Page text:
I’ve built a savoring album on Facebook. It holds many memories– many that involve nature and loved ones– that I wish to savor– and savor with others. When I savor retrospectively, I think back on that time in that moment… trying to remember how the atmosphere felt; what my senses remember hearing, seeing, smelling, touching. If there was a loved on involved, I try to remember the interactions of the time and really dig deep to try to remember how I felt. The picture below is from my savoring album. I took it on a walk I went on a couple of weeks ago. The morning was fresh, the grass smelled like it had just been groomed. The sky was beginning to show it’s face, having woken up from a restful night’s slumber. The hills in the distant were crisp, and I was thankful for these conditions. And I was also grateful that my knee (which does not have an ACL) was working, as were my other body systems, and I was happy. I felt blessed then, as I do right now, reliving it. Sooooo thankful for the weather here in San Diego… and being able to live here to experience it.
Currently, I sit here at my desk typing this post, with double french doors open to our courtyard that holds nature in place– plants such as giant birds of paradise, palm trees and other plants. I feel a slight breeze blow through the door opening and see the greenery reachable by a small walk. I close my eyes and hear the sound of birds chirping. I look and see giant leaves swaying just a bit by the breeze. What I smell is freshness– in the air and to the start to the day. I feel blessed to have this moment. (so quiet… especially since the kids are sleeping in since it’s the last Friday before school starts!).
Prosepectively, I am savoring a day to spend with my kids…. just to be. Since this is the last friday of Summer, I told them we would “play hookey” and do something fun all day. This is very much out of our norm, since everyday- even in the summer- involves chores and responsibilities. Today, we will take a day off from those things– and just be with each other. I’ve given them some options on how to spend the day. I will wake them after posting this entry (because it’s 9:45am– that is plenty of time for a 16, 14 and 10 year old to sleep in), and check in to see where today will take us. I know this is our last summer with a 16, 14 and 10 year old. Next summer, they will be 17, 15 and 11. And I also will be a year old. Who knows what will happen in the coming year? Hopefully opportunities for growth… for us all. But for now, we will appreciate the day ahead of us. What a blessing it will be.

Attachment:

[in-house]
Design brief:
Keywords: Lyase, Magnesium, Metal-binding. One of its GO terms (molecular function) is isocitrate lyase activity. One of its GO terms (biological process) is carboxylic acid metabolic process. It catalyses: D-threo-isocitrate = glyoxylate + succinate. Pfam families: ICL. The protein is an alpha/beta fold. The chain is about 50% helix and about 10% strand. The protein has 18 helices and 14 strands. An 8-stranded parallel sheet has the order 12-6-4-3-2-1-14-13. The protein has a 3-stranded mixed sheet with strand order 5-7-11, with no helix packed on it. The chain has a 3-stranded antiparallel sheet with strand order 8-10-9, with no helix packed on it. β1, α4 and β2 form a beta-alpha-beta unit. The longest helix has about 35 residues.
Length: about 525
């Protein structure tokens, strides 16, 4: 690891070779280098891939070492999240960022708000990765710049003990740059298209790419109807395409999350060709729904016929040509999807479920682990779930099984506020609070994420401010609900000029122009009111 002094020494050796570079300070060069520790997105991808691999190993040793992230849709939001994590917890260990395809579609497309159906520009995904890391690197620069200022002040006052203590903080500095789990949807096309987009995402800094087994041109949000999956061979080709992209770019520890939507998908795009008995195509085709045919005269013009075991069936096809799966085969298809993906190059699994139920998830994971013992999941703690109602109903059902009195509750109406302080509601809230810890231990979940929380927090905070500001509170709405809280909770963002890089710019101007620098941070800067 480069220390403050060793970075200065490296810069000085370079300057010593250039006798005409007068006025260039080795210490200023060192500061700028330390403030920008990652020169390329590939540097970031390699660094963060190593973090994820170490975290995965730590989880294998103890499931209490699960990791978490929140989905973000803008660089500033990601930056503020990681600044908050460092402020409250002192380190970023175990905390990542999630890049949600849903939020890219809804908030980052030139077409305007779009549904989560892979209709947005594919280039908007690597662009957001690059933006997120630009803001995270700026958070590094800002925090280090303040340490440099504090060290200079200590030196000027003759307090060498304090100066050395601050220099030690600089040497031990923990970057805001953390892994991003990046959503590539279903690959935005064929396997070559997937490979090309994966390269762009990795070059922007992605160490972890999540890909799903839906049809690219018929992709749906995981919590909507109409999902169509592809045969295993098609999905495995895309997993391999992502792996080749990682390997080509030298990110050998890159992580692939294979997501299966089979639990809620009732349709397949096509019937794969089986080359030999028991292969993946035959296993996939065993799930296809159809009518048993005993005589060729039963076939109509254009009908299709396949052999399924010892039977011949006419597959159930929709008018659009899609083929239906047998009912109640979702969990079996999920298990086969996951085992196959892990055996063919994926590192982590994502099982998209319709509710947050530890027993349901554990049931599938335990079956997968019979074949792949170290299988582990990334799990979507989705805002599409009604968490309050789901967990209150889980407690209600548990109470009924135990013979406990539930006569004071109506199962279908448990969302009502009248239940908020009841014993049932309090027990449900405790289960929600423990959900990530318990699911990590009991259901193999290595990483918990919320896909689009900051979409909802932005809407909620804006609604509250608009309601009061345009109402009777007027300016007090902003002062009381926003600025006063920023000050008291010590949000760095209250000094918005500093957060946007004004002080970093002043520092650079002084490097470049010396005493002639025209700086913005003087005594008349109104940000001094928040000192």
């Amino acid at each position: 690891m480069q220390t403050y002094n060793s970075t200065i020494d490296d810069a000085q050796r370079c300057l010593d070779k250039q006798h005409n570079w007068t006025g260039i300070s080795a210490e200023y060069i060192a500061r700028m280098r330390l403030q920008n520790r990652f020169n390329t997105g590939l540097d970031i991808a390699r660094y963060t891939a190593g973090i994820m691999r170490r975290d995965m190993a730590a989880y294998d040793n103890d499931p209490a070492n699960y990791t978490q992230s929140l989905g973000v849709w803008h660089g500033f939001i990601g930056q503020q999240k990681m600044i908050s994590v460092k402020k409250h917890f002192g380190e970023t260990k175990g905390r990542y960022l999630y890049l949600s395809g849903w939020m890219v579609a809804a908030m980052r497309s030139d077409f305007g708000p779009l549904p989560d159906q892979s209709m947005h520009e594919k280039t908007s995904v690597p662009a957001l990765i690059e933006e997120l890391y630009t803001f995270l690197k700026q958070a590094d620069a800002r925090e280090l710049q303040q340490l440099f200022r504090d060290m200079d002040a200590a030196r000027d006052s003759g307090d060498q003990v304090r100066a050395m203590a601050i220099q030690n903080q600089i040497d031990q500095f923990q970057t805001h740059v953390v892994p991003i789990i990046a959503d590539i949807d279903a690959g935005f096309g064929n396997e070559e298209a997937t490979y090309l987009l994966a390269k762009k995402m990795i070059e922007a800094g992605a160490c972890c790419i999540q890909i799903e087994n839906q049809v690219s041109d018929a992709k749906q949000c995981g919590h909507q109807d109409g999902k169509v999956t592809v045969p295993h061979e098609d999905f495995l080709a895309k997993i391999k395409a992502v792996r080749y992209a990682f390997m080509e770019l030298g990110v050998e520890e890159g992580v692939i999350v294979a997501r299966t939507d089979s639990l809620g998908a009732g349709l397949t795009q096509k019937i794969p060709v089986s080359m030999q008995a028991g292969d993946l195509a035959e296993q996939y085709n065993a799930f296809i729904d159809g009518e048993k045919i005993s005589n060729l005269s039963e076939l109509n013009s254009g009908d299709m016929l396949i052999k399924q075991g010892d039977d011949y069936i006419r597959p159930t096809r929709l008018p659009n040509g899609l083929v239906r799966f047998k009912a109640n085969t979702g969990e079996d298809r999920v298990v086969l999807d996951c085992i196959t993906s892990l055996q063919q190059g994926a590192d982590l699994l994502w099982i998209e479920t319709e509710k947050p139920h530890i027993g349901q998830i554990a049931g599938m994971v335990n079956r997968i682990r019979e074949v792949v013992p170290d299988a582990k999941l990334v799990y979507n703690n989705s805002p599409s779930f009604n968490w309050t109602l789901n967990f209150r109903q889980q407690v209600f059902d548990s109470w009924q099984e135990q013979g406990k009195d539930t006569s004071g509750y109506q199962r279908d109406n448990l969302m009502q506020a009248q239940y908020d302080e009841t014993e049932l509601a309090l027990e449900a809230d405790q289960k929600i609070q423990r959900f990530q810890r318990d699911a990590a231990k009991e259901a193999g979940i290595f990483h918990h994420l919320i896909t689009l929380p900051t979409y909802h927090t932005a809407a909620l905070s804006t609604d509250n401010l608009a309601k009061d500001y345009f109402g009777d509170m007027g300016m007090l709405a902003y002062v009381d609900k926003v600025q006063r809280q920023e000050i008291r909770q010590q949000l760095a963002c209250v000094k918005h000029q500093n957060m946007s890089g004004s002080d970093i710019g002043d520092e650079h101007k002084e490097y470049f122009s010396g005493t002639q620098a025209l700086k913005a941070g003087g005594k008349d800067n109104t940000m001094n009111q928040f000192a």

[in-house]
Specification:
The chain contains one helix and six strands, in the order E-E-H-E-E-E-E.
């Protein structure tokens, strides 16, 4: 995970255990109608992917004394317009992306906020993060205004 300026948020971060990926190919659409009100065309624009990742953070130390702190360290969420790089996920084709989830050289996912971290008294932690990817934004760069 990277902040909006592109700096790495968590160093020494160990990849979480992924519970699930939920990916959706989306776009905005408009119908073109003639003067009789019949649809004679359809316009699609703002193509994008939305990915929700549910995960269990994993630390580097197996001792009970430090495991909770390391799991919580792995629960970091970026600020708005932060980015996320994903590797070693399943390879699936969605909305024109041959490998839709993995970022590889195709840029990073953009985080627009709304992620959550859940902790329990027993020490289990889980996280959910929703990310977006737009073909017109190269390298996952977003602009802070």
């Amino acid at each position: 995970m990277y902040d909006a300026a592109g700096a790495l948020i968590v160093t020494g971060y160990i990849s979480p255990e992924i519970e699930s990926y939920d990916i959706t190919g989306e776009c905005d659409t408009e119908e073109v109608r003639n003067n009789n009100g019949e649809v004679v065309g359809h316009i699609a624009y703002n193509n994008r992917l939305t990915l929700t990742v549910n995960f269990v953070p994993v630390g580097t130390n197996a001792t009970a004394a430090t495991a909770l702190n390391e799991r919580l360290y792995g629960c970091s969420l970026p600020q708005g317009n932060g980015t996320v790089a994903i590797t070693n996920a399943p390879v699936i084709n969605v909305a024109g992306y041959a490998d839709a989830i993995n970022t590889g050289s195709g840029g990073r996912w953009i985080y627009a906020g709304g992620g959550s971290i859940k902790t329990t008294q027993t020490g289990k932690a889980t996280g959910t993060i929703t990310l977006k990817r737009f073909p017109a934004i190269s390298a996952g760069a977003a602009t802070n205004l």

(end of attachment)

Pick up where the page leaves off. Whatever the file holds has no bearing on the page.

One of my favorite books as of lately is “The How of Happiness” by Sonja Lyubomirsky. The author offers a few practical activities that involve savoring, worth checking out. One that I talk about above that is helping me remember and relive special moments is the savoring album. Today, I challenge you to do some savoring of your own. Create an online album, or even better, go through your older albums from years ago– when they weren’t digital. Try to think back to those moments. How was life different then? What didn’t you know, that you know now? What things brought the sparkle to your eye? What things held your interest? Take a moment and relive. Science shows, when you relive a special moment you build positive emotion, which builds resilience, and eventually a longer, happier life… one built on flourishing!
February 14th. What better day to celebrate love and kindness in the world (besides on your own birthday) than on Valentine’s Day? Last night I spent some time writing words of love to my husband and family. Today I presented those words to them, and found it put me on a path of love for the day; on a gentler road. What if we started all our days like that? What if the world started all their days with loving words and compliments? What a changed world we would see– one of pure compassion. Makes me want to try to start every day this way. It does take time and effort, but it’s well worth it.
Words that Matter